History of TCP/IP
The most popular network protocol in the world, TCP/IP protocol suite, was designed in 1970s by 2 DARPA scientists—Vint Cerf and Bob Kahn, persons most often called the fathers of the Internet.
In the spring of 1973, they started by conducting research on reliable data communications across packet radio networks, factored in lessons learned from the Networking Control Protocol, and then created the next generation Transmission Control Protocol (TCP), the standard protocol used on the Internet today.
In the early versions of this technology, there was only one core protocol, which was named TCP. And in fact, these letters didn’t even stand for what they do today Transmission Control Protocol, but they were for the Transmission Control Program. The first version of this predecessor of modern TCP was written in 1973, then revised and formally documented in RFC 675, Specification of Internet Transmission Control Program from December 1974.
During the development of TCP, Cerf and Kahn used the concepts of CYCLADES, a French packet switching network, designed and directed in 1973 by Louis Pouzin. It was developed to explore alternatives to the ARPANET design and to support network research generally. CYCLADES was the first network to make the hosts responsible for the reliable delivery of data, rather than the network itself, using unreliable datagrams (Pouzin coined the term datagram, by combining the words data and telegram) and associated end-to-end protocol mechanisms.
TCP/IP became the standard Internet communications protocol that allow digital computer to communicate over long distances. The Internet is a packet-switched network, in which information is broken down into small packets, sent individually over many different routes at the same time, and then reassembled at the receiving end. TCP is the component that collects and reassembles the packets of data, while IP is responsible for making sure the packets are sent to the right destination. TCP/IP was developed in the 1970s and adopted as the protocol standard for ARPANET (the predecessor to the Internet) in 1983.
What is the current status of Internet Protocol Suite
(commonly known as TCP/IP)?
It is the set of communications protocols used for the Internet and other similar networks. It is named from two of the most important protocols in it: the Transmission Control Protocol (TCP) and the Internet Protocol (IP), which were the first two networking protocols defined in this standard. Today’s IP networking represents a synthesis of several developments that began to evolve in the 1960s and 1970s, namely the Internet and LANs (Local Area Networks), which emerged in the mid- to late-1980s, together with the advent of the World Wide Web in the early 1990s.
The design of the network included the recognition that it should provide only the functions of efficiently transmitting and routing traffic between end nodes and that all other intelligence should be located at the edge of the network, in the end nodes. Using a simple design, it became possible to connect almost any network to the ARPANet, irrespective of their local characteristics. One popular saying has it that TCP/IP, the eventual product of Cerf and Kahn’s work, will run over two tin cans and a string.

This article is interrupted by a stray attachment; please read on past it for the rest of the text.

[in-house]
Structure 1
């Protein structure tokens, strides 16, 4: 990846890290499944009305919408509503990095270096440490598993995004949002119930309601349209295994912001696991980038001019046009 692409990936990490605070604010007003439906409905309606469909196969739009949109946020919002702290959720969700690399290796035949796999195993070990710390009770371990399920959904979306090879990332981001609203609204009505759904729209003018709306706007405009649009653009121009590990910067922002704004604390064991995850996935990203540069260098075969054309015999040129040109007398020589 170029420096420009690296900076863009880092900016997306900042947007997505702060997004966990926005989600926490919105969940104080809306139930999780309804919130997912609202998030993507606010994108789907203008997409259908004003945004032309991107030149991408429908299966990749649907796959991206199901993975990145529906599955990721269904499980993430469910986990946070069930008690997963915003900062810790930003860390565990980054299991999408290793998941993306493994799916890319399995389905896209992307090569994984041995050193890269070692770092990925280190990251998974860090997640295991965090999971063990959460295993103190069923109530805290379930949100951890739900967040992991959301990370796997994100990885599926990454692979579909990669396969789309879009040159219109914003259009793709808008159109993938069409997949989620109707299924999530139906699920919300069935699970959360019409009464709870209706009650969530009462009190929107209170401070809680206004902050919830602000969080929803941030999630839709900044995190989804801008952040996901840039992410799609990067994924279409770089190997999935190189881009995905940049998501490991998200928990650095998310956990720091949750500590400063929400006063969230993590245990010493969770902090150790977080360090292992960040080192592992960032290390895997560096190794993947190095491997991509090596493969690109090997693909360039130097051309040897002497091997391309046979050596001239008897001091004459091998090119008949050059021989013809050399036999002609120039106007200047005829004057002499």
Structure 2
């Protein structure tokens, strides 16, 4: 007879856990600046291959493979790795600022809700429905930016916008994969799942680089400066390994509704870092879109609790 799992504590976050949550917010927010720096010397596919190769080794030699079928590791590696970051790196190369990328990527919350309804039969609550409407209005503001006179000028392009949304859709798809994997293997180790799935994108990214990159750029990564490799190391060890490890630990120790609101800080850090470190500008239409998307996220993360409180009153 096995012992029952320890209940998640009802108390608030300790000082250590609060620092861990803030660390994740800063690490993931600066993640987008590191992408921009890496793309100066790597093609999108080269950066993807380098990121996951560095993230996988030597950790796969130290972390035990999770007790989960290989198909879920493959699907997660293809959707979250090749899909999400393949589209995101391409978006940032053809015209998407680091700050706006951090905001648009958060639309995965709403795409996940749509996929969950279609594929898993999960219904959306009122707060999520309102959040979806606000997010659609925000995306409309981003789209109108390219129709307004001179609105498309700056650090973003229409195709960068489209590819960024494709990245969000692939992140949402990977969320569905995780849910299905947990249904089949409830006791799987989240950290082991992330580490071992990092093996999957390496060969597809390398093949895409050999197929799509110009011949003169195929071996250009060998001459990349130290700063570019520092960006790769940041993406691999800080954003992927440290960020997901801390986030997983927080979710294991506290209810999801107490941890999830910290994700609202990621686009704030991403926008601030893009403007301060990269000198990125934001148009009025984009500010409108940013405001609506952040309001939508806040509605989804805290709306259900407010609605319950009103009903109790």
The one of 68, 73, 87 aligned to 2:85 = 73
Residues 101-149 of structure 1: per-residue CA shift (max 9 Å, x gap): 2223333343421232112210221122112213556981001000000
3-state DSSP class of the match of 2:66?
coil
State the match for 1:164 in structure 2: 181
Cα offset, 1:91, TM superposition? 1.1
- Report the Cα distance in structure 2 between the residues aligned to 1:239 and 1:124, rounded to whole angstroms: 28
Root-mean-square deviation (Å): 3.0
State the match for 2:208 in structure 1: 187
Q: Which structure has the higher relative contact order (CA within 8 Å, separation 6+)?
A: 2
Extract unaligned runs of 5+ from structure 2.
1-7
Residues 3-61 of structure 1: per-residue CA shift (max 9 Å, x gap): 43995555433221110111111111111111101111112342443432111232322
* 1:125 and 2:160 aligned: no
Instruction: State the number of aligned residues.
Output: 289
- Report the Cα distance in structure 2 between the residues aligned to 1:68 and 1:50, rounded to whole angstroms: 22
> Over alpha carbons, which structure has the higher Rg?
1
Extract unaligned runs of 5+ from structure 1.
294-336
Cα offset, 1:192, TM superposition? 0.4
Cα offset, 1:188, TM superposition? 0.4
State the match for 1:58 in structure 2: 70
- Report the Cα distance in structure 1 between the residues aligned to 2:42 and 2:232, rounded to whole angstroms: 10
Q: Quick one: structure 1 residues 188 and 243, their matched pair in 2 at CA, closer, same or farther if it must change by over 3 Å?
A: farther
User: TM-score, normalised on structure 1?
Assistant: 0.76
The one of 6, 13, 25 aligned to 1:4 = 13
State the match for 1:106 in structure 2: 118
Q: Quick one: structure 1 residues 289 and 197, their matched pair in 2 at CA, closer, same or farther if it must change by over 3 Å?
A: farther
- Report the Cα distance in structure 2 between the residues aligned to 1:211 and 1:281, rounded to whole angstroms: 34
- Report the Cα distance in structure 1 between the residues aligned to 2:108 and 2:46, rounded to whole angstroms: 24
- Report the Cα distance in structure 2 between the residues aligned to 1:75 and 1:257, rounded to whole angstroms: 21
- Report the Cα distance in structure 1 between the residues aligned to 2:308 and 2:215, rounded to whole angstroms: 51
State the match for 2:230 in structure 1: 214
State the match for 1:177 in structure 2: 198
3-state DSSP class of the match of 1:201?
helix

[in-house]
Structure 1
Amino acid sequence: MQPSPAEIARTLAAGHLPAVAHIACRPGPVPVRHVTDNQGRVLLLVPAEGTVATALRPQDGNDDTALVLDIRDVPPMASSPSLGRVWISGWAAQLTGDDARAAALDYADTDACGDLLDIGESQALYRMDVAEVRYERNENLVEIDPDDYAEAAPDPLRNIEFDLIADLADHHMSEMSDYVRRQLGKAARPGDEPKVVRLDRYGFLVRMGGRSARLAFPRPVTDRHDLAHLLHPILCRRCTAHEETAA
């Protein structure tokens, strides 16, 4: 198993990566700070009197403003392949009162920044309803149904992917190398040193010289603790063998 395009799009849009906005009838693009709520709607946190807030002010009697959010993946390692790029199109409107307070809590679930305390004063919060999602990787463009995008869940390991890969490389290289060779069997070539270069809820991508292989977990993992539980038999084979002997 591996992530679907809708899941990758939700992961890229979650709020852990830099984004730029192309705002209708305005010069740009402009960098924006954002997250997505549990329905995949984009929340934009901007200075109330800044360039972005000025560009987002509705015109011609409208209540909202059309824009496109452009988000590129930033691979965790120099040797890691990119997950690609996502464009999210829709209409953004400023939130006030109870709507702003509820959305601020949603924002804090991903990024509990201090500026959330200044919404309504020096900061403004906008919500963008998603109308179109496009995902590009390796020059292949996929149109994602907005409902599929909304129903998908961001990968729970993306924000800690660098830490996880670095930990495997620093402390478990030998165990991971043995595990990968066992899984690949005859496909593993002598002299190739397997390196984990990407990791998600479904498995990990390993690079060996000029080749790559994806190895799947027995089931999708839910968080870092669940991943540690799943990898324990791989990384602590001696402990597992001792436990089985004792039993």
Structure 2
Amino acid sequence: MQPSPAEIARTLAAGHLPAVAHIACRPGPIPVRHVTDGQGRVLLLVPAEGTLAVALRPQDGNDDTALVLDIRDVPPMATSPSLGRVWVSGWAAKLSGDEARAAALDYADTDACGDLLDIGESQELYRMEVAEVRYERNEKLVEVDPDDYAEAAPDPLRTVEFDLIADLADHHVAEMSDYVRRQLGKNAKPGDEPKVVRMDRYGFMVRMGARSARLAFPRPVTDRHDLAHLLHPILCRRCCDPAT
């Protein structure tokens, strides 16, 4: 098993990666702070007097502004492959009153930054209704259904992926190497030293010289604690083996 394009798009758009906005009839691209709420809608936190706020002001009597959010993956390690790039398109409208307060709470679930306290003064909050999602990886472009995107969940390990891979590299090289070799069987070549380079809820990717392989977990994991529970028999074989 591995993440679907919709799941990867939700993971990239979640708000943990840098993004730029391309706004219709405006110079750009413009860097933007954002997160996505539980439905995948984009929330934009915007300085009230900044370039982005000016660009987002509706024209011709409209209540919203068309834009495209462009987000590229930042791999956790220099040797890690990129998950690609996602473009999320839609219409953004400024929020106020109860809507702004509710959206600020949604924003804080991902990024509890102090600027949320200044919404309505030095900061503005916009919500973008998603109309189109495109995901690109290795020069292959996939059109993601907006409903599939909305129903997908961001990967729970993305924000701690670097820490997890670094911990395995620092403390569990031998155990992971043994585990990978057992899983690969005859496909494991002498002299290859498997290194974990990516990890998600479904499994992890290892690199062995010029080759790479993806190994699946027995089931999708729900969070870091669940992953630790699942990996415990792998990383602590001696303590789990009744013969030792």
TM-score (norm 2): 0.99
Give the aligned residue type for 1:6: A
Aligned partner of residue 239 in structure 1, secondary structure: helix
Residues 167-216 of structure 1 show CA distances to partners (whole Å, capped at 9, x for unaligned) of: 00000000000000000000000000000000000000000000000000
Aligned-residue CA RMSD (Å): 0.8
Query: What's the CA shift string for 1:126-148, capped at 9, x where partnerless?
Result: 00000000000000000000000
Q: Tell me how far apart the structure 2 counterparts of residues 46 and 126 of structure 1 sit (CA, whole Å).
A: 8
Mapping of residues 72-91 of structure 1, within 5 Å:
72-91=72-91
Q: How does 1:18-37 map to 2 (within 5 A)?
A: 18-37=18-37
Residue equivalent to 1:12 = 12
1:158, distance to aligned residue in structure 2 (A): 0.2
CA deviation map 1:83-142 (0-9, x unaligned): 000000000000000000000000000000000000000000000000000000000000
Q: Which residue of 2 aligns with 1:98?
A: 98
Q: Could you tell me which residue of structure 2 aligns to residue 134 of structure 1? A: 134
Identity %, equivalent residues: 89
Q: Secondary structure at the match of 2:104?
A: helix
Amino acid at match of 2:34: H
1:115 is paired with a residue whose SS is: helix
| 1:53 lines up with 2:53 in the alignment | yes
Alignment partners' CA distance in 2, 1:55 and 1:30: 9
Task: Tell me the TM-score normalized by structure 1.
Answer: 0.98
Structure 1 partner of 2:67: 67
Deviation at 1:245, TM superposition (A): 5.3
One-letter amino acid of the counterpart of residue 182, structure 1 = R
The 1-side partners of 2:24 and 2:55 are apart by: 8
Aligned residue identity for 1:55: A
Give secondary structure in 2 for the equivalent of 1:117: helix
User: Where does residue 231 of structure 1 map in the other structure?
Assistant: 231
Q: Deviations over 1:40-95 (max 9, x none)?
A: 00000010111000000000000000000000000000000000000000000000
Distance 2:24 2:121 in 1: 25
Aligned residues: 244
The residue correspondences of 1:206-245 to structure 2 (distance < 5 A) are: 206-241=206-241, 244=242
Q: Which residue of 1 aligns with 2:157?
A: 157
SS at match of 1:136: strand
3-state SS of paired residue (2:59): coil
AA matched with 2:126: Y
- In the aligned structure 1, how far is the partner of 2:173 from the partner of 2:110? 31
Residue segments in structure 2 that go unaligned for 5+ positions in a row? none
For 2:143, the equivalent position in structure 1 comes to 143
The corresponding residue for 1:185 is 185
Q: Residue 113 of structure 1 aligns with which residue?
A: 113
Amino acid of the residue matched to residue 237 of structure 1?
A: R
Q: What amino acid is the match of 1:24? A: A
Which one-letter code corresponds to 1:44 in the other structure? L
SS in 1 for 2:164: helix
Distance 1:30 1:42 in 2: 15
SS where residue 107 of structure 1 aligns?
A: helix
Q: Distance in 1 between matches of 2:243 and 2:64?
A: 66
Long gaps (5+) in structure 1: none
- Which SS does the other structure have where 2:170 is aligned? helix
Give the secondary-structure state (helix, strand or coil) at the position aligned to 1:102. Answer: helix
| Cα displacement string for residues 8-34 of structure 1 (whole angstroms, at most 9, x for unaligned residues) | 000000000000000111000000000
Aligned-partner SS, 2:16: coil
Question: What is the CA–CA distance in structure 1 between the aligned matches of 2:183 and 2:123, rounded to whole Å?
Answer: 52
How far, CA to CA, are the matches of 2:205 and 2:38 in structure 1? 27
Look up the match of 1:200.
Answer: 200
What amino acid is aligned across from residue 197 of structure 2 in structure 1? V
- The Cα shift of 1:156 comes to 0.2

A computer or device called a router (a name changed from gateway to avoid confusion with other types of gateways) is provided with an interface to each network, and forwards packets back and forth between them. Requirements for routers are defined in RFC 1812.
DARPA then contracted with BBN Technologies, Stanford University, and the University College London to develop operational versions of the protocol on different hardware platforms. Four versions were developed: TCP v1, TCP v2, a split into TCP v3 and IP v3 in the spring of 1978, and then stability with TCP/IP v4—the standard protocol still in use on the Internet today.
In 1975, a two-network TCP/IP communications test was performed between Stanford and University College London (UCL). In November, 1977, a three-network TCP/IP test was conducted between sites in the US, UK, and Norway. Several other TCP/IP prototypes were developed at multiple research centers between 1978 and 1983. The migration of the ARPANet to TCP/IP was officially completed on January 1, 1983, when the new protocols were permanently activated.
In March 1982, the US Department of Defense declared TCP/IP as the standard for all military computer networking. In 1985, the Internet Architecture Board held a three day workshop on TCP/IP for the computer industry, attended by 250 vendor representatives, promoting the protocol and leading to its increasing commercial use.
The Internet Protocol Suite, like many protocol suites, may be viewed as a set of layers. Each layer solves a set of problems involving the transmission of data, and provides a well-defined service to the upper layer protocols based on using services from some lower layers. Upper layers are logically closer to the user and deal with more abstract data, relying on lower layer protocols to translate data into forms that can eventually be physically transmitted.
The TCP/IP model consists of four layers, as it is described in RFC 1122. From lowest to highest, these are—the Link Layer, the Internet Layer, the Transport Layer, and the Application Layer. It should be noted that this model was not intended to be a rigid reference model into which new protocols have to fit in order to be accepted as a standard.
Almost all operating systems in use today, including all consumer-targeted systems, include a TCP/IP implementation.